Bread375ml warm water8g dried yeast 20g caster sugar 600g plain flour 1/2 tsp salt 3 egg yolks, and one whole egg lightly whisked
80g rice bran oil
Filling250g marzipan, soft and rollable2 tsp ground cinnamon½ tsp gound nut meg70g brown sugar
Topping60g flaked almonds1tsp cinnamon mixed with 50g Demerara sugar
One recipe of this doughnut glaze from Brave tart http://bravetart.com/recipes/DoughnutGlaze
In a medium bowl combine your sugar, water and yeast. Mix well and allow to stand for 20 minutes or until foamy.
After add your flour, oil, salt, egg yolks and oil. Knead with your hands or stand mixer until it becomes a smooth ball. If you are using a stand mixer 6 minutes on 1 and then 2 minutes on 3 should be fine. If using your hands; knead for 10 minutes on a floured surface, rest for 5 minutes, then return to kneading the dough for a further 15 minutes.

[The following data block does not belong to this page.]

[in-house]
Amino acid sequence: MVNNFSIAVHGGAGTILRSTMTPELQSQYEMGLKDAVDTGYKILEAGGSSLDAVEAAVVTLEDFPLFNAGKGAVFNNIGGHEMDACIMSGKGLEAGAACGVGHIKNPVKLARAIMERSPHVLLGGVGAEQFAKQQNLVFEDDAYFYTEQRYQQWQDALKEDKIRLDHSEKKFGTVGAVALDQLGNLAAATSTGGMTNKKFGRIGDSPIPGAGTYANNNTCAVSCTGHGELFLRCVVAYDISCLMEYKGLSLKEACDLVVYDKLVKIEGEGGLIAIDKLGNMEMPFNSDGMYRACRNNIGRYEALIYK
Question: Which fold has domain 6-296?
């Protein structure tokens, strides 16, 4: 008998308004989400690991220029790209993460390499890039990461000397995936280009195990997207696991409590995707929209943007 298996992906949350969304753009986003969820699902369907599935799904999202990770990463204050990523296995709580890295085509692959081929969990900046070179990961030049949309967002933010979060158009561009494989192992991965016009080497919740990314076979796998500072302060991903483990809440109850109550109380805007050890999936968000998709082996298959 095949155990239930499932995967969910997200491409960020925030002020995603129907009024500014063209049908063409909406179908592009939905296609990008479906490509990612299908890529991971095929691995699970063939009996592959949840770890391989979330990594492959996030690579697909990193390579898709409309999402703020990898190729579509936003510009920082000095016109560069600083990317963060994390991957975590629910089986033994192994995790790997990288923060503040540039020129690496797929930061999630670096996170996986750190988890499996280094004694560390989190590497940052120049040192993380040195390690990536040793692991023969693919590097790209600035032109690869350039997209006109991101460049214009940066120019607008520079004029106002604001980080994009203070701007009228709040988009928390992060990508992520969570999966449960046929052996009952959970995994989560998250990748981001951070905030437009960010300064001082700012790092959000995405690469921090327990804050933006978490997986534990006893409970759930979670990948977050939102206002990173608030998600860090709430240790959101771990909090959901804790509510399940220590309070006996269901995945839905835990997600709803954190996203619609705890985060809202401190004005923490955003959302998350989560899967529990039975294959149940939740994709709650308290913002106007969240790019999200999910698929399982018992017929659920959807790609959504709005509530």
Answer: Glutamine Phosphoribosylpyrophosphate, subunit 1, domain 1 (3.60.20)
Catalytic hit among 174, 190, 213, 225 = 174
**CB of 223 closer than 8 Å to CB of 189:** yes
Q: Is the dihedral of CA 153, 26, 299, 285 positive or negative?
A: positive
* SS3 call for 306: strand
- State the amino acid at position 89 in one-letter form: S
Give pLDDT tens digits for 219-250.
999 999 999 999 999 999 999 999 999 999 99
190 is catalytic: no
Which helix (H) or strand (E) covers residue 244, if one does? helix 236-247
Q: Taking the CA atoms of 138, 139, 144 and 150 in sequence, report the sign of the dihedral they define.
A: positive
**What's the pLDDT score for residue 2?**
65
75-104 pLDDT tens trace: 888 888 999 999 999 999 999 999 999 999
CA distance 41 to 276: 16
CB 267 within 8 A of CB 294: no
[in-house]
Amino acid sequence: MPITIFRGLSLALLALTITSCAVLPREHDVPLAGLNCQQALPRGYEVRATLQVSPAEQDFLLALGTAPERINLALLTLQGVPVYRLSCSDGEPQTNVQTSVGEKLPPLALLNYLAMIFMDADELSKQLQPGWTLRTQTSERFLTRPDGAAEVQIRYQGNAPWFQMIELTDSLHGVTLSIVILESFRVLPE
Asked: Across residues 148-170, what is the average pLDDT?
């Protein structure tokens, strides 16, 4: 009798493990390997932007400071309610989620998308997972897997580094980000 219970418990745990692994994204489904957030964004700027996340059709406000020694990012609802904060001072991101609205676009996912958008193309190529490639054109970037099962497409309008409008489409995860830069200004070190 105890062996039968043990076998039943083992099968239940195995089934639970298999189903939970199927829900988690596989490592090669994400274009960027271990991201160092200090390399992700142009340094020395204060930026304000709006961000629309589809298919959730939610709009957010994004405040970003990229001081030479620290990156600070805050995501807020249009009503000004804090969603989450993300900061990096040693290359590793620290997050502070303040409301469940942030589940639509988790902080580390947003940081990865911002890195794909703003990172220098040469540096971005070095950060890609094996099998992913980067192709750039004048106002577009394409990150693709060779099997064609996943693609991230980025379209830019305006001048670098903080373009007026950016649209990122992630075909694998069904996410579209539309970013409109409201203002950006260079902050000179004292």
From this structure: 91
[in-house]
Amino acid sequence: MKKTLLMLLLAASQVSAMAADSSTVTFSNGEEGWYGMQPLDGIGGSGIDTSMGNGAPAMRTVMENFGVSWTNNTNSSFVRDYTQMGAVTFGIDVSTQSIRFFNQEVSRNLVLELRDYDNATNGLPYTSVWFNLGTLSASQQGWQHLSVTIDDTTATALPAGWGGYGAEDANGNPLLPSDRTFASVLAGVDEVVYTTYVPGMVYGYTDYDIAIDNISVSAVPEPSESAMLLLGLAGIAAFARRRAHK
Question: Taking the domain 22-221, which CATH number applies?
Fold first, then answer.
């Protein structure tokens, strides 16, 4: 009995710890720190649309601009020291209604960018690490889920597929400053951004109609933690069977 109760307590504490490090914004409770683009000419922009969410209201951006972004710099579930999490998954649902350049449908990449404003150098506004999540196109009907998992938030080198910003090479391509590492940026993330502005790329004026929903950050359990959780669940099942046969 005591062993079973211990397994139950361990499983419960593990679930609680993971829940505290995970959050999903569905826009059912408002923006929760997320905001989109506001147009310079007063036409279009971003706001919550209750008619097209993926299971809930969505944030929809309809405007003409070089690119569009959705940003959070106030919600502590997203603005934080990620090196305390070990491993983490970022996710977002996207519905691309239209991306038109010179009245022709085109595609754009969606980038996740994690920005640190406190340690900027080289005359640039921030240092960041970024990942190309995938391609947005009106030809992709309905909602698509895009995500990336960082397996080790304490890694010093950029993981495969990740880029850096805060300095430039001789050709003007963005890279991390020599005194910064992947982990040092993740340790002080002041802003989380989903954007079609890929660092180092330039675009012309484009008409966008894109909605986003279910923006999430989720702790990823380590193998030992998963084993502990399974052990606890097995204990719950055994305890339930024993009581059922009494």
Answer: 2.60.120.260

Once smooth cover the dough in a well oil bowl rise for 1 and half hours, or until doubled. Once doubled punch down and rest for 10 minutes. During this time prepare your fillings.
Roll your dough out into a 30cm, by 40 cm rectangle on a floured surface. On another icing sugar dusted surface roll your marzipan to a 25 by 30 cm rectangle. Place your rolled marzipan on top of your dough.
After brush with a bit of water and sprinkle the cinnamon, nut meg and brown sugar on top. With the long side towards you roll up the rectangle into a tight log.
Cut the log into length of about 5 cm. After cut a deep cut into each log about 3cm. using your hands flare out the sections. Place on a prepared baking tray lined with baking paper. Cover with cling film and proof for 45 minutes. Turn on your oven to 180C.
Prepare your glaze.
Once proofed, brush with egg wash and sprinkle with cinnamon sugar. Bake for 25 minutes or until deep golden brown. Remove from trays to cooling rack right away. Cool to room temp.
Brush or drip on your glaze then top with more sugar and almonds. Allow to set for 20 minutes.